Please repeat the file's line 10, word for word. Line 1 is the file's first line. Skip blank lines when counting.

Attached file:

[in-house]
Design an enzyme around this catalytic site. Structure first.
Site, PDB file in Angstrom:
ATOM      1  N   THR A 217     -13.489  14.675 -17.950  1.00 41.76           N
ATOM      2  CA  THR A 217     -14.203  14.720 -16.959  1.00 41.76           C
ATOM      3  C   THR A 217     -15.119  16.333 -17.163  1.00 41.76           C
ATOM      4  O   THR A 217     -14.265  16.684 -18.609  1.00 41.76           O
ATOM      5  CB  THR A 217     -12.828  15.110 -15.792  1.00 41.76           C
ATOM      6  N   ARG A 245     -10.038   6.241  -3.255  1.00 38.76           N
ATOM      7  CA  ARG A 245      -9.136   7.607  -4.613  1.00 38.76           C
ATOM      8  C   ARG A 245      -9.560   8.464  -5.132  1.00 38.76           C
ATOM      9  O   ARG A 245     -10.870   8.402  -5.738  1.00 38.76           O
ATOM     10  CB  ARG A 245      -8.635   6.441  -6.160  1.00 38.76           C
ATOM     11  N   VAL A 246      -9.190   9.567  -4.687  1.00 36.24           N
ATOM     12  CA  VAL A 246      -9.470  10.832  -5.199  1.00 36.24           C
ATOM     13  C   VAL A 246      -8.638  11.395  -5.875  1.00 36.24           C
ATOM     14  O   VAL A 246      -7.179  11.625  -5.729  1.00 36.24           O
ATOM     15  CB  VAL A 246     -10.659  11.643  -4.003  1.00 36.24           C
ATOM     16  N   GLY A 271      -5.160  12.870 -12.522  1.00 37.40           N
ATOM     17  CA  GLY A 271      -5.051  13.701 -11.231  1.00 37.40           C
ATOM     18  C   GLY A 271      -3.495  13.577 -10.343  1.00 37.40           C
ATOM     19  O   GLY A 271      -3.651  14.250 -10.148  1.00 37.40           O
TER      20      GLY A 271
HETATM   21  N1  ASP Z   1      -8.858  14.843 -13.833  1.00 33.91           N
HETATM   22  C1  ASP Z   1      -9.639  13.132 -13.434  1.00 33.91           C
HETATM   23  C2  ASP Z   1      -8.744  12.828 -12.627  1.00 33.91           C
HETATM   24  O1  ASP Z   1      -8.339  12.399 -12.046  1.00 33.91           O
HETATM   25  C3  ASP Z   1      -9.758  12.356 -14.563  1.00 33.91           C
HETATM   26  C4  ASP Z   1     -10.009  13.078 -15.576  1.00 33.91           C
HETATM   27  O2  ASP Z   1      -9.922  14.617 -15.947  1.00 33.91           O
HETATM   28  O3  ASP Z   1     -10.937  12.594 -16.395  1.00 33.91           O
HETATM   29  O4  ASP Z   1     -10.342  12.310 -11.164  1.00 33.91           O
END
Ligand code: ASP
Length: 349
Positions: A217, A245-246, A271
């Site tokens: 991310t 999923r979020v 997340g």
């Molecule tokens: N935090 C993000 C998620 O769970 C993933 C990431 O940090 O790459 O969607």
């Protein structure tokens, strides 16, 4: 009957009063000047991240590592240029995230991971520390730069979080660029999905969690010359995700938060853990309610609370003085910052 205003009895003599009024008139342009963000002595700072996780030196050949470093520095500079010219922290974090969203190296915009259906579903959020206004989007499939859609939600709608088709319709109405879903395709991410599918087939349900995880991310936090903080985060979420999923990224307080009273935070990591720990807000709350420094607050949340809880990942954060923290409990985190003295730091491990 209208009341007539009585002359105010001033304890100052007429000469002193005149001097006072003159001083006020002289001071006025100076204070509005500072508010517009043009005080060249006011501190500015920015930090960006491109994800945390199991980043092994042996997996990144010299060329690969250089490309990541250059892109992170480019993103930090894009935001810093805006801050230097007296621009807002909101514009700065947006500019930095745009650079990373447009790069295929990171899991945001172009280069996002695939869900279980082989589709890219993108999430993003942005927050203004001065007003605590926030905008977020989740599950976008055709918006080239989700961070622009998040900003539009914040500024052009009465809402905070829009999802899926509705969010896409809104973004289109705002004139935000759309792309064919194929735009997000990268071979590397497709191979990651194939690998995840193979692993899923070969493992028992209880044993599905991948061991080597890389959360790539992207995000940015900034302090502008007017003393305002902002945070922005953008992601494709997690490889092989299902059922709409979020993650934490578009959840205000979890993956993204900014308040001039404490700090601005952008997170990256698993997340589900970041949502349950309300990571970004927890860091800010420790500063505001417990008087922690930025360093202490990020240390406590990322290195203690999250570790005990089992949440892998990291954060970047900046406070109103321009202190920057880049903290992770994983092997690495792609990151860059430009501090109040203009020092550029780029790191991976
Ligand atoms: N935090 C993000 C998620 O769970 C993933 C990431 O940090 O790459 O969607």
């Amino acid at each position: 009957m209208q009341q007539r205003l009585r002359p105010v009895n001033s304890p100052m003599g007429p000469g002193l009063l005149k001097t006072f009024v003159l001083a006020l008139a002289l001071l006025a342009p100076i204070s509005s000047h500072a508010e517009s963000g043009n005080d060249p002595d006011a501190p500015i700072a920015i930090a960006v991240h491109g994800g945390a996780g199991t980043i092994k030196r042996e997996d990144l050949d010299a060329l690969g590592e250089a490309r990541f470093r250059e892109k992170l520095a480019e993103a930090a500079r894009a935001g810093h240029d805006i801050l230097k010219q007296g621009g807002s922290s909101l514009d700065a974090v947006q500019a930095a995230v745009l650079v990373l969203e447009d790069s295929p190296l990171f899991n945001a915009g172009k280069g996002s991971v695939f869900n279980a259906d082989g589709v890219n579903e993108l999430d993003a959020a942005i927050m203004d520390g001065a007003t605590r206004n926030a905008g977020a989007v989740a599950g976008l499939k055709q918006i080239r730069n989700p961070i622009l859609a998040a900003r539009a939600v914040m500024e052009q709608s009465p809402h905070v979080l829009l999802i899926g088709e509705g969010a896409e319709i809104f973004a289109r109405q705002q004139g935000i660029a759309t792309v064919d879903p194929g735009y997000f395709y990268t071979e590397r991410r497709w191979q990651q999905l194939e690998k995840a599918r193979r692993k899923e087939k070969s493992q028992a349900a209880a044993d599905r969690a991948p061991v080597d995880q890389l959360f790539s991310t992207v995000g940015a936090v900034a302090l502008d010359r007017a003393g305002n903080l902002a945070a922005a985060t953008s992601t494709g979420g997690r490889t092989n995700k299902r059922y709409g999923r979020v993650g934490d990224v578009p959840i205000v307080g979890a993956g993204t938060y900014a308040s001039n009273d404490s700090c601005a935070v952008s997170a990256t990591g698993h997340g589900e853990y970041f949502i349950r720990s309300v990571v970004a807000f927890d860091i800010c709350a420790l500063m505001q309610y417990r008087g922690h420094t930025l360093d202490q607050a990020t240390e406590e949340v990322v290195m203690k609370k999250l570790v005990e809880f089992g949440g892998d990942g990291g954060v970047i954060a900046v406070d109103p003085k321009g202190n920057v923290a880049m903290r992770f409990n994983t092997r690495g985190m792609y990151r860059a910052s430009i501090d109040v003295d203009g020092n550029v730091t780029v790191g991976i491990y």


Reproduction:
ATOM      7  CA  ARG A 245      -9.136   7.607  -4.613  1.00 38.76           C